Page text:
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Rental property site Spotahome raises $40M Series B led by Kleiner Perkins; founded in 2014, Spotahome has about 50K properties listed in 33 European…

Jeremy Kahn / Bloomberg : Rental property site Spotahome raises $40M Series B led by Kleiner Perkins; founded in 2014, Spotahome has about 50K properties listed in 33 European cities   —  - Silicon Valley VC Kleiner Perkins leads funding for startup  — Company offers software for landlords as well as home listings

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Source: Uber plans to spend up to $500M on a global marketing campaign this year, as part of an effort to repair the company’s image after last year’s…

Priya Anand / The Information : Source: Uber plans to spend up to $500M on a global marketing campaign this year, as part of an effort to repair the company's image after last year's scandals   —  Uber plans to spend up to $500 million on a global marketing effort this year, according to a person familiar with the matter.

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Facebook shared data with Chinese telecom Huawei, raising US government security concerns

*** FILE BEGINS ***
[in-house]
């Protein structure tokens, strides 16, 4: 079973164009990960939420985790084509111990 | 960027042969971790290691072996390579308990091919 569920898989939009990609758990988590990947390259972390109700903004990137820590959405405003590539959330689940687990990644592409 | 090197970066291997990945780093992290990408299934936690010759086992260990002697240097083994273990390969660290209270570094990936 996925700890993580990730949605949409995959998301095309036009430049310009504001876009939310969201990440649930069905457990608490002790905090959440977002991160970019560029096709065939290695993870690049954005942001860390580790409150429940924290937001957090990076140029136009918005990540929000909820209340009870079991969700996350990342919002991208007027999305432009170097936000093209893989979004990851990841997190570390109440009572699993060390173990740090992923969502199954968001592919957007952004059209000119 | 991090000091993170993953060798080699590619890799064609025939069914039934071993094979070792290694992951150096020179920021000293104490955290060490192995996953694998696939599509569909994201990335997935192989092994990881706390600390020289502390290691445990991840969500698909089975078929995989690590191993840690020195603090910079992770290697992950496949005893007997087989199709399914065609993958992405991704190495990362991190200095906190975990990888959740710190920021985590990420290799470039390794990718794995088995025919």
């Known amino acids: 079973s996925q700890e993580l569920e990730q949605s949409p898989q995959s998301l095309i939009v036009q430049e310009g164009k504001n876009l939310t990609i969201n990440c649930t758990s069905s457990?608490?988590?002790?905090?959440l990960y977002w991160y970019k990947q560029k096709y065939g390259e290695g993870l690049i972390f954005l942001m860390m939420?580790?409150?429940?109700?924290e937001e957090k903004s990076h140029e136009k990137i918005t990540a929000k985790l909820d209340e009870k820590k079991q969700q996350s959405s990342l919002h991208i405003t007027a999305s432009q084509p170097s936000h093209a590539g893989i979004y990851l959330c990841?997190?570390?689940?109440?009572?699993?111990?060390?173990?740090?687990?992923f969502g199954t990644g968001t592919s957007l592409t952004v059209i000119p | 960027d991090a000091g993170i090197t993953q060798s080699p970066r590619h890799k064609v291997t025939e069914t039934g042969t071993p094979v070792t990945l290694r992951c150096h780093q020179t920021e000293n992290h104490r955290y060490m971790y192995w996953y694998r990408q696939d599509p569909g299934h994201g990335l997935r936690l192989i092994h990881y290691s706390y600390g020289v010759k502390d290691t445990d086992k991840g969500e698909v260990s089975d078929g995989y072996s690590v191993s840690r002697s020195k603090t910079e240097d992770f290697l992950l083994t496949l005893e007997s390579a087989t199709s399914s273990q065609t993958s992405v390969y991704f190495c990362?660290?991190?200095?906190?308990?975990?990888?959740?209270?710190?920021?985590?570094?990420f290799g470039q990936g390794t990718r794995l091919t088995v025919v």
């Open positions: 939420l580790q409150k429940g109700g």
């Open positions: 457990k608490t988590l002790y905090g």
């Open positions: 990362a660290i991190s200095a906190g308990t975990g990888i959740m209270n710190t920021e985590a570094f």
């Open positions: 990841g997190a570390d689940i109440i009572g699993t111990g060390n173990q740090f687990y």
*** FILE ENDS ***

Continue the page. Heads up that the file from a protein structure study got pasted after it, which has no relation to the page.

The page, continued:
Concerns around Facebook’s recently revealed data sharing relationship with some device makers just took a turn for the worse. The practice, first revealed over the weekend, is now confirmed to have included relationships with Chinese companies Huawei, Lenovo, Oppo and TCL, according to The New York Times . Given that the U.S. government has longstanding national security concerns over Huawei , Facebook’s newly revealed data deal with the Chinese company has raised some eyebrows in Congress. “Concerns about Huawei aren’t new – they were widely publicized beginning in 2012, when the House Permanent Select Committee on Intelligence released a well-read report on the close relationships between the Chinese Communist Party and equipment makers like Huawei,” U.S. Senator Mark Warner said of the revelation. Warner serves as the Vice Chairman of the Senate Select Committee on Intelligence. “The news that Facebook provided privileged access to Facebook’s API to Chinese device makers like Huawei and TCL raises legitimate concerns, and I look forward to learning more about how Facebook ensured that information about their users was not sent to Chinese servers.” In that report , the House Intelligence Committee wrote that “Huawei did not fully cooperate with the investigation and was unwilling to explain its relationship with the Chinese government or Chinese Communist Party, while credible evidence exists that it fails to comply with U.S. laws” and that Huawei’s history indicated that it likely had ties to the Chinese military. Earlier in the day, the Senate Commerce Committee addressed a letter to Facebook over the broader issue of these manufacturer relationships and questioning Facebook’s assertion that the shared data was not abused. As the New York Times reports, these relationships date back “at least 2010” — the relative dark ages of Facebook’s mobile strategy. It does not appear that ZTE had a similar agreement with Facebook. View this document on Scribd Facebook has disputed the characterization of these relationships as a privacy scandal, emphasizing that it imposed tight restrictions on this class of device integration. These integrations are very different from our public APIs — the goal was to recreate Facebook-like experiences on these devices, and they were tightly controlled